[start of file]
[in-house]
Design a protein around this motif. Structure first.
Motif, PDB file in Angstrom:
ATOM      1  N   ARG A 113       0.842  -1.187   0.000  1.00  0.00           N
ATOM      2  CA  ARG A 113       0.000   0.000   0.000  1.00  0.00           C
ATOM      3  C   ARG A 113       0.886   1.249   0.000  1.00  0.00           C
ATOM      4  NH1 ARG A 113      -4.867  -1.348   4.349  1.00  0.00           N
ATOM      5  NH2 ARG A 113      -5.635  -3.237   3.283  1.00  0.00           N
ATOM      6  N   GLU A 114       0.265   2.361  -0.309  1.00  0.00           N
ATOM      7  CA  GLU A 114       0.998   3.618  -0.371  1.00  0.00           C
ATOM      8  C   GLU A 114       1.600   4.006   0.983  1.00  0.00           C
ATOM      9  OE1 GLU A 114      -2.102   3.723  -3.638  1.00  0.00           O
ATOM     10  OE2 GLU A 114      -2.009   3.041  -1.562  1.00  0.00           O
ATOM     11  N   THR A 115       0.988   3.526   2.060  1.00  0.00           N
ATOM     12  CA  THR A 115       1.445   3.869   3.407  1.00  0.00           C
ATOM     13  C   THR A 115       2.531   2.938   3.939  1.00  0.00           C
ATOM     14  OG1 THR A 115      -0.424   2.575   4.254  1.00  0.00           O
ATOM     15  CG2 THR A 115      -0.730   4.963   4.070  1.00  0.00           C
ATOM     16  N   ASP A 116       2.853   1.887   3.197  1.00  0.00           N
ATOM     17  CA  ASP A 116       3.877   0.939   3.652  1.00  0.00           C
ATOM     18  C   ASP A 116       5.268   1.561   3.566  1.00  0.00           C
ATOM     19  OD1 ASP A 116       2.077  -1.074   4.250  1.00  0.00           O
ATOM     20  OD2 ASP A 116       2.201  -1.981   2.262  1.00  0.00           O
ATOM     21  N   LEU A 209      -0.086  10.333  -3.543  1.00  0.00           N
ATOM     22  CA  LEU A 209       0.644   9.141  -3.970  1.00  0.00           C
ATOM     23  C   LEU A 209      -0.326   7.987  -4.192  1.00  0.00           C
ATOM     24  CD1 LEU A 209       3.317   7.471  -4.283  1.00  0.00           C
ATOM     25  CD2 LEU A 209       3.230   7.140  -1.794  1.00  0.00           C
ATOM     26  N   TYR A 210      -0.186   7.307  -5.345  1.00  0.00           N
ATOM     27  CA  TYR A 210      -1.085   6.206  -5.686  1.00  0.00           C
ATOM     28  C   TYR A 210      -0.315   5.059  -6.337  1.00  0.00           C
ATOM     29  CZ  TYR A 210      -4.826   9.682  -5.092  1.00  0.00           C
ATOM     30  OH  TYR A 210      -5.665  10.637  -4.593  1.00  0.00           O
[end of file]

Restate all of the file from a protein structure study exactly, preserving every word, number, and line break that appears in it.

[in-house]
Design a protein around this motif. Structure first.
Motif, PDB file in Angstrom:
ATOM      1  N   ARG A 113       0.842  -1.187   0.000  1.00  0.00           N
ATOM      2  CA  ARG A 113       0.000   0.000   0.000  1.00  0.00           C
ATOM      3  C   ARG A 113       0.886   1.249   0.000  1.00  0.00           C
ATOM      4  NH1 ARG A 113      -4.867  -1.348   4.349  1.00  0.00           N
ATOM      5  NH2 ARG A 113      -5.635  -3.237   3.283  1.00  0.00           N
ATOM      6  N   GLU A 114       0.265   2.361  -0.309  1.00  0.00           N
ATOM      7  CA  GLU A 114       0.998   3.618  -0.371  1.00  0.00           C
ATOM      8  C   GLU A 114       1.600   4.006   0.983  1.00  0.00           C
ATOM      9  OE1 GLU A 114      -2.102   3.723  -3.638  1.00  0.00           O
ATOM     10  OE2 GLU A 114      -2.009   3.041  -1.562  1.00  0.00           O
ATOM     11  N   THR A 115       0.988   3.526   2.060  1.00  0.00           N
ATOM     12  CA  THR A 115       1.445   3.869   3.407  1.00  0.00           C
ATOM     13  C   THR A 115       2.531   2.938   3.939  1.00  0.00           C
ATOM     14  OG1 THR A 115      -0.424   2.575   4.254  1.00  0.00           O
ATOM     15  CG2 THR A 115      -0.730   4.963   4.070  1.00  0.00           C
ATOM     16  N   ASP A 116       2.853   1.887   3.197  1.00  0.00           N
ATOM     17  CA  ASP A 116       3.877   0.939   3.652  1.00  0.00           C
ATOM     18  C   ASP A 116       5.268   1.561   3.566  1.00  0.00           C
ATOM     19  OD1 ASP A 116       2.077  -1.074   4.250  1.00  0.00           O
ATOM     20  OD2 ASP A 116       2.201  -1.981   2.262  1.00  0.00           O
ATOM     21  N   LEU A 209      -0.086  10.333  -3.543  1.00  0.00           N
ATOM     22  CA  LEU A 209       0.644   9.141  -3.970  1.00  0.00           C
ATOM     23  C   LEU A 209      -0.326   7.987  -4.192  1.00  0.00           C
ATOM     24  CD1 LEU A 209       3.317   7.471  -4.283  1.00  0.00           C
ATOM     25  CD2 LEU A 209       3.230   7.140  -1.794  1.00  0.00           C
ATOM     26  N   TYR A 210      -0.186   7.307  -5.345  1.00  0.00           N
ATOM     27  CA  TYR A 210      -1.085   6.206  -5.686  1.00  0.00           C
ATOM     28  C   TYR A 210      -0.315   5.059  -6.337  1.00  0.00           C
ATOM     29  CZ  TYR A 210      -4.826   9.682  -5.092  1.00  0.00           C
ATOM     30  OH  TYR A 210      -5.665  10.637  -4.593  1.00  0.00           O